Falling Into God's Arms Your Story

Falling Into God's Arms: From addiction and brokenness to recovery and healing

Patrick Shea

“I should have died that night, either from the fall or from alcohol poisoning. But God had something better in mind for me.”

On a summer Friday in 2012, I awoke at 3:30 in the morning. Half of my body lay on the road, the other half on the curb. Flesh was torn from my elbows, forearms, knees and shins. Blood seeped from my wounds. I didn’t know where I was or what had happened to me. Had a car struck me? I tried to get up and realized I was stinking drunk. As my mind cleared, I remembered I’d been walking home from the bar.

A recent, nasty divorce had caused me to lose everything and sent me into a deep depression. On top of these troubles, I suffered from constant pain in my back and joints. That humid afternoon, to ease my sorrows, I went to the corner bar, where everyone knew my name. I intended to have a couple of drinks. On my way home, hours later, I fell down a corrugated steel staircase and ended up sprawled on the pavement.

After crawling home, I said to myself, “Enough is enough. Things have got to change.”

A friend convinced me to attend some classes at the Alcohol, Drug & Gambling Services. Like most drunks, I lived in denial. I could stop drinking anytime I wanted to. And I only drank on weekends. What was the problem with that? The counsellor assigned to me was easy to talk to and, boy, did I have a lot to say. First, we tried to ascertain exactly how much alcohol I was drinking. We concluded that the night of my fall down the stairs I’d had 52 drinks.

With guidance and support I quit drinking. I joined a class at the community pool, even though I couldn’t swim a stroke and was afraid of water. At the outset, I weighed in at 417 pounds. After a mental health assessment, I was prescribed medication for depression and enrolled in a behavioural therapy course.

I lost 34 pounds and began to feel better about myself. The counsellor wasn’t finished with me. Next, she sent me for weight loss education.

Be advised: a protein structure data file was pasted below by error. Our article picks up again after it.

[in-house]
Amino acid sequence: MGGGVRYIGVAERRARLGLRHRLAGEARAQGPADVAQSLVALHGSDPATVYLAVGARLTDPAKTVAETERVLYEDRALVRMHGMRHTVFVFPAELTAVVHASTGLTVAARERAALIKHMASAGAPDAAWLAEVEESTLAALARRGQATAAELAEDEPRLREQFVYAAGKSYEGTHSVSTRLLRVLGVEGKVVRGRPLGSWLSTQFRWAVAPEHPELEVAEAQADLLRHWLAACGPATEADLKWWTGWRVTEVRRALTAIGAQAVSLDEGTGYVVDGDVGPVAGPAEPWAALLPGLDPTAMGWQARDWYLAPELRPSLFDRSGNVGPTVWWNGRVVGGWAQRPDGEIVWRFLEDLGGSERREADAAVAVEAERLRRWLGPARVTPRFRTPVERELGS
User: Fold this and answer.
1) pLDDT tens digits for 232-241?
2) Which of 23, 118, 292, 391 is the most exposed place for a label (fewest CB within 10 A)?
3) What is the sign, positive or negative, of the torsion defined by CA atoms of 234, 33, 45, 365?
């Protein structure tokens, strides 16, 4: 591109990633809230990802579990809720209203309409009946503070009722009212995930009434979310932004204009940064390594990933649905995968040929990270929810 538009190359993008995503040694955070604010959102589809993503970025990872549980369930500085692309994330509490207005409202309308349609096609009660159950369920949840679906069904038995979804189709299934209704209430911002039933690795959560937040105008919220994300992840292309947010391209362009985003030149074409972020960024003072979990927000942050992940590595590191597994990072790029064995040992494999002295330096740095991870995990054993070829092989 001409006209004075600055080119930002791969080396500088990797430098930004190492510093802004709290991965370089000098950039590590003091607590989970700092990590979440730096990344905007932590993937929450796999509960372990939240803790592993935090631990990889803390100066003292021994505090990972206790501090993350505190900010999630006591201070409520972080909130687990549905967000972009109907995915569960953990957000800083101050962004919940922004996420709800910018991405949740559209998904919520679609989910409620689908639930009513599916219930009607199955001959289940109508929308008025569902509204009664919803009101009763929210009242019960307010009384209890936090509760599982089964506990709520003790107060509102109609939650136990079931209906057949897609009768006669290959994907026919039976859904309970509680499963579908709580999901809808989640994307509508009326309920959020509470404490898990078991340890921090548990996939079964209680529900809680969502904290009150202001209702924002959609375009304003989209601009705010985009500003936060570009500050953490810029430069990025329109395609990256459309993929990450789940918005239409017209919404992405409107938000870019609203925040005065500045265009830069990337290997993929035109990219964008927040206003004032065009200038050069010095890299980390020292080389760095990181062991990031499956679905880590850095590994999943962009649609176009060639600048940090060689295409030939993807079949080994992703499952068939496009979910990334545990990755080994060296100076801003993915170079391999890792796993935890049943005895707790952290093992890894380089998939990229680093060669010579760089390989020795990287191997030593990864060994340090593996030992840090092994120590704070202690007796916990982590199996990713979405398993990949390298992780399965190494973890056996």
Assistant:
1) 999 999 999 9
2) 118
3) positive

After almost a year of sobriety, the depression had lifted and I was down over 100 pounds. My life had changed. I felt on top of the world. But trouble lurked just around the corner.

I was in a relationship with a woman I loved. She’d done a lot to tear down the defensive wall I’d built around my heart. As a recovered alcoholic herself, she was a good support to me. She began to sneak a few drinks, and her drinking quickly got out of control. She became depressed. One day her daughter called in a panic. “Mom just texted me ‘Goodbye,’ ” she said. I knew where to look for her and found her lying on her grandmother’s grave. Many boxes of sleeping pills and an empty bottle of whisky lay beside her. She spent two months in hospital, and I spent almost every waking minute by her side. She was in a bad place. Though I’d saved her life, she wasn’t grateful. Once more she attempted suicide. Again, I found her just in time. I loved her deeply, but our relationship ended. This left a serious void in my life.

Gastric bypass surgery was recommended to me, and I decided to go through with it. While I was recovering in the hospital, a clergyman stopped by. He told me that God loved me. After returning home, I remembered the Bible in the cedar chest at the foot of my bed. It had been given to me at my brother’s funeral and had been sitting unused for 25 years. I started reading.

For three months, I struggled to understand the King James language. Then someone gave me a paraphrased Bible and the words came alive. After reading almost half of the Old Testament, I gave my life to Jesus and started attending church with a few friends. I enrolled in a new believers class and was baptized in water.

When I found Jesus, He filled the void in my life. I found true love in Him. My goal was to bring every unjust thing I’d ever done to a satisfactory conclusion. I asked several people for forgiveness. Everyone forgave me except for one person. I met with Pastor Ross Brown, one of the pastors at People’s Church in Hamilton, Ontario. During our two and a half hour meeting, I felt God’s love for the first time. It washed over my soul like a gentle rain.

When I fell down those metal stairs on my way home from the bar, it was the turning point in my life. I should have died that night, either from the fall or from alcohol poisoning. But God had something better in mind for me. I’ve been sober more than four years. I’ve lost 235 pounds and have a lot less pain. Best of all, my Holy Saviour, Jesus, has come into my life.


Patrick Shea lives in Hamilton, Ont., where he attends People’s Church. Patrick wrote this personal testimony while attending the Write Your God Story classes at the church, taught by Rose McCormick Brandon

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image background ©istockphoto.com, Patrick's photo courtesy of Patrick Shea

This article appeared in the January/February 2017 issue of testimonythe bimonthly publication of The Pentecostal Assemblies of Canada.

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